A pediatric psychologist’s thoughts on helping children find gratitude, hope and resilience this holiday season
For so many, this year has felt like a long haul with no end in sight. A global pandemic, racial injustice and economic insecurity have all contributed to surging rates of mental illness in families across our community. Young people, Black and Hispanic communities, essential workers and unpaid caregivers report the highest rates of anxiety, depression, substance abuse and thoughts of suicide. Children, like all of us, have experienced so much loss and uncertainty, evidence of which I see every day in my work with children and families.
The holidays often bring feelings of joy and excitement for many; while for others, the holidays can be filled with stress and dread, as we navigate difficult relationships within our families, pressures to spend even when facing financial hardship, managing the expectations of many or facing the loss of a loved one — a painful reminder of the empty seat at our holiday table.
Families are hurting and wondering how they will get through the holidays this year given such uncertainty. As parents and caring adults, we strive so hard to shield children from distress and despair, and wonder how we can maintain the spirit and magic of our much-loved rituals and traditions when it seems we may not be able to celebrate as we have in years past.
One thing is for certain: This year the holidays will be different and undoubtedly memorable. We are faced with the opportunity to help our children not only navigate the challenges of the coming months and cope with anger and grief over what has been lost and what will not be, but also instill gratitude and hope for all that we have and what’s yet to come.
In my practice as a child psychologist, as well as a parent of two children, I’m inspired every day by children’s great capacity for resilience and growth. They face hardship beyond their control and yet find ways to bounce back and emerge stronger. This resilience occurs through a beautiful network of internal and external resources in the lives of children, a process psychologist Ann Masten, Ph.D., calls, “ordinary magic.” Children’s capacity to adapt under difficult circumstances is increased when they are surrounded by loving caregivers who look out for them and model good coping and problem solving.
So the question we now face is how can we support the resilience of our children this holiday season? A good time to start is today. Help our children cope ahead. Start talking about the holidays to prepare children for what to expect and what will be different. Help them understand, as they have likely learned already this year, that plans may change at the last minute due to an unforeseen illness or last-minute travel cancellations.
Ask children, “What can we do to make this year special?” Ask them their favorite memories from past years, what they cherish most about the holidays, and explore with them new ways to celebrate. Tell them, “Because this year will be different, I’m going to need your help.” Spend time in these conversations focusing on adjusting or creating new traditions that are still meaningful, and perhaps reconnect to the values behind the celebrations — those of gratitude, kindness, giving and hope.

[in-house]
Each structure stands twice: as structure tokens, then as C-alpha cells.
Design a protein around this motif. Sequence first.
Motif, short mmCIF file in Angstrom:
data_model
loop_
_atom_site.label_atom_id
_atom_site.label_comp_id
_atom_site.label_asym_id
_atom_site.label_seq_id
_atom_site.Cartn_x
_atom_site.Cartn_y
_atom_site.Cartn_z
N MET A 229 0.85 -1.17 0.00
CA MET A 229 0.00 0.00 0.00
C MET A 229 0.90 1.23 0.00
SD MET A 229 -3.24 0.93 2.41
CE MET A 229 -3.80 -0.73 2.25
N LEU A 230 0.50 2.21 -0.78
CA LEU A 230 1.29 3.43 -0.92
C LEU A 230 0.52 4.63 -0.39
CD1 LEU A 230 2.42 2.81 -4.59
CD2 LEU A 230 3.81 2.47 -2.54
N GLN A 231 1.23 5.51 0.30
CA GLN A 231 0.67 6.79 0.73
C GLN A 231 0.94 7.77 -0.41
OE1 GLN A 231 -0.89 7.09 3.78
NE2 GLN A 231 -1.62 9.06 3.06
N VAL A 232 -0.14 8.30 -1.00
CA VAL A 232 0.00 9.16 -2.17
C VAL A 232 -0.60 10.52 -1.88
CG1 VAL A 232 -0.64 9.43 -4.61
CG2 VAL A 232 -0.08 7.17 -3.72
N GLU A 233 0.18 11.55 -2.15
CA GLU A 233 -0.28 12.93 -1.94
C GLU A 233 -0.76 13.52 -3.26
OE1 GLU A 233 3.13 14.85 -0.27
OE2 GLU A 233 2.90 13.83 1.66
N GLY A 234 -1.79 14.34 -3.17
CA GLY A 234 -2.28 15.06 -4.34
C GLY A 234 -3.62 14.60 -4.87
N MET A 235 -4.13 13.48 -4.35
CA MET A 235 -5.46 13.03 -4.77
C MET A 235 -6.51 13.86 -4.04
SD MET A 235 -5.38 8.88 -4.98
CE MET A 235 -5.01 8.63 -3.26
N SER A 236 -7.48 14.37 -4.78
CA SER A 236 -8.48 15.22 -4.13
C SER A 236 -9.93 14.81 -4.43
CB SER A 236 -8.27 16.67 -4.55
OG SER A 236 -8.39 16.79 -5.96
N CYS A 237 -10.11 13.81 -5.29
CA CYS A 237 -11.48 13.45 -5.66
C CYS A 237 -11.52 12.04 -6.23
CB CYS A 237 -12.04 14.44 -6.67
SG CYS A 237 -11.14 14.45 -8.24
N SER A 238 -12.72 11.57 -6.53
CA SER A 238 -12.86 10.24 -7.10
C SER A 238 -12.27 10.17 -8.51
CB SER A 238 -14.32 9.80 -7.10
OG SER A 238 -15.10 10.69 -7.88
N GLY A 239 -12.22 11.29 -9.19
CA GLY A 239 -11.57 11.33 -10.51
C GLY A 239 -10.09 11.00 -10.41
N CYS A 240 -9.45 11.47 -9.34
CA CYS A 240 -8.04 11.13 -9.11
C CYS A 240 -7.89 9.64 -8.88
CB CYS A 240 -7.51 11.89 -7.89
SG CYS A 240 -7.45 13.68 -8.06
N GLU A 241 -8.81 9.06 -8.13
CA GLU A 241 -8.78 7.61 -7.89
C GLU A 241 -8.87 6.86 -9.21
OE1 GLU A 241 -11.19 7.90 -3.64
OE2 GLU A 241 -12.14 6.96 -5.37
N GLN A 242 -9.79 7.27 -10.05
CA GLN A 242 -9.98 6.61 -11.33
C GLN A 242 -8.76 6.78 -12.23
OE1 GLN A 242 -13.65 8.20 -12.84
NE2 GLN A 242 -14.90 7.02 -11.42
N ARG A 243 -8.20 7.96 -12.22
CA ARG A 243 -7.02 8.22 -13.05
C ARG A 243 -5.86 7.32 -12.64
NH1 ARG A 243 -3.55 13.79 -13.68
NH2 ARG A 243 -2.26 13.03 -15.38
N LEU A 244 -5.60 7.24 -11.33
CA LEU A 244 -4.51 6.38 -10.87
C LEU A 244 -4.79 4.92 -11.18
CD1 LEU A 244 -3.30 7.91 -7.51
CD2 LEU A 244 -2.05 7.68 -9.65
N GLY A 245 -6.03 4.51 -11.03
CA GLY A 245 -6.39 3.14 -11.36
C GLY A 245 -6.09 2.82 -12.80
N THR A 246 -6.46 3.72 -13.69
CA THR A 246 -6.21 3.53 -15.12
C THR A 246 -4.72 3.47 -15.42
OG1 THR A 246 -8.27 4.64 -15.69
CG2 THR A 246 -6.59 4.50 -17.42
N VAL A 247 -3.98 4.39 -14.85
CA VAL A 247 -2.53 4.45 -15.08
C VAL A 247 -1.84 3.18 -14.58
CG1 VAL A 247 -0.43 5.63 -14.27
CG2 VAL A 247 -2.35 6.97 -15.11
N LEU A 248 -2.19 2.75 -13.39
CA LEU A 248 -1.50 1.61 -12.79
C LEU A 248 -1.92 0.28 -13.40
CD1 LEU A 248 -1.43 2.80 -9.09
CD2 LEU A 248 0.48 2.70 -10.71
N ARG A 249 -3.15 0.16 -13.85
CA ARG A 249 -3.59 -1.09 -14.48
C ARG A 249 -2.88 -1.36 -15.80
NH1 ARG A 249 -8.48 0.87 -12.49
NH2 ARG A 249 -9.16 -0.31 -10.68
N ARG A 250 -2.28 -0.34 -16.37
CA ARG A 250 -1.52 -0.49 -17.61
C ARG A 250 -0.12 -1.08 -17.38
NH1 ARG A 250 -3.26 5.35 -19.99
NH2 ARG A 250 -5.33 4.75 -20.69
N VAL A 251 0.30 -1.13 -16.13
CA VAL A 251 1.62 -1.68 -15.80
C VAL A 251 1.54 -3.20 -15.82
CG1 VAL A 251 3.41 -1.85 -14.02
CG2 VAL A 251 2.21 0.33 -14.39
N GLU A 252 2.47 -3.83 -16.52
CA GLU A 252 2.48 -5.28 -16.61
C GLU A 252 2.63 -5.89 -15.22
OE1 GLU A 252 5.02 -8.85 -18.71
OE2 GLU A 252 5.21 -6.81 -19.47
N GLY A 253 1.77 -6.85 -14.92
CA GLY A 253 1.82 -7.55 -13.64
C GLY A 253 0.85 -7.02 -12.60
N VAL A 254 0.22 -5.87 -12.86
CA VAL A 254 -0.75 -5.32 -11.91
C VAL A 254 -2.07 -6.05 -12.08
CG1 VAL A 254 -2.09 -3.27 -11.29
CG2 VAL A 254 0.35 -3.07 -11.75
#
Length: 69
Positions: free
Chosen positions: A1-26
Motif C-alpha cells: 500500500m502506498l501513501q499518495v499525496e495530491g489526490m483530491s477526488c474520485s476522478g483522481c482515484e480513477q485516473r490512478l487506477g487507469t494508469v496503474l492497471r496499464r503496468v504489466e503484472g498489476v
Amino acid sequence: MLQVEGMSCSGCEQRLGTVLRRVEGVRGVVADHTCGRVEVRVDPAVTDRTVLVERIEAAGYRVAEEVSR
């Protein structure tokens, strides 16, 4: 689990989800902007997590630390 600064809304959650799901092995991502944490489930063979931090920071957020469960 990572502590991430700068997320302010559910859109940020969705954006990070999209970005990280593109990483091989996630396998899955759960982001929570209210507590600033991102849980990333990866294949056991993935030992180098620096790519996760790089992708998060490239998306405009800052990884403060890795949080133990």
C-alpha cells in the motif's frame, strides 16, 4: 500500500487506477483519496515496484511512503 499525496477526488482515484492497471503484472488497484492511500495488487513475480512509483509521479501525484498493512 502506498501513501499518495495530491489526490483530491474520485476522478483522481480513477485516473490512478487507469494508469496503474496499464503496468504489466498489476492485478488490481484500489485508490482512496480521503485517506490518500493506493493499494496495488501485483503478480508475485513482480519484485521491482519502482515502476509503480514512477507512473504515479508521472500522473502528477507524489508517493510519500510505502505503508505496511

Allow children a sense of control by offering them choices. Perhaps a large family gathering can be replaced by preparing traditional family recipes and delivering them safely to loved ones and neighbors. Expand the seats at your holiday table through virtual sharing of meals and recipes. Spend time as a family hand-writing holiday cards with personal messages for those you hold dear even when they are far.
Ask children how they’re feeling and share your feelings, too. Ignoring feelings doesn’t make them go away. It’s important to admit that you, too, are sad and disappointed that things will be different this year, but it’s still possible to turn the holidays into positive and memorable experiences. Acknowledge negative feelings and teach positive reframing. “I’m sad too that we can’t visit grandma, but staying home this year will mean more time to play and relax. Perhaps we can find some new cookie recipes to try.” Feelings are contagious, so take care of your own feelings so you can model that coping for your children.
Norton Children’s Medical Group
If talking about concerns isn’t helping your child feel better, it’s time to meet with your child’s pediatrician.
Many faiths and cultures have stories of resilience built into the rituals and traditions surrounding our holidays. Look to these stories as examples of how others have navigated difficult times, and share them with your children. Tell stories of resilience either from your own childhood, the lives of close friends or family members, or people throughout history who’ve endured hardships such as these. Remind children that they, too, will be all right.
This is the year our children likely will remember well into their elder years — stories told to future generations about hardship and hope. Loss and renewal. These themes are a thread that runs through holiday traditions across faiths and cultural beliefs as we remind our children, and ourselves, that even on our darkest day, light is on the horizon.
Katy Hopkins, Ph.D., is a pediatric psychologist with Norton Children’s Medical Group, affiliated with the UofL School of Medicine.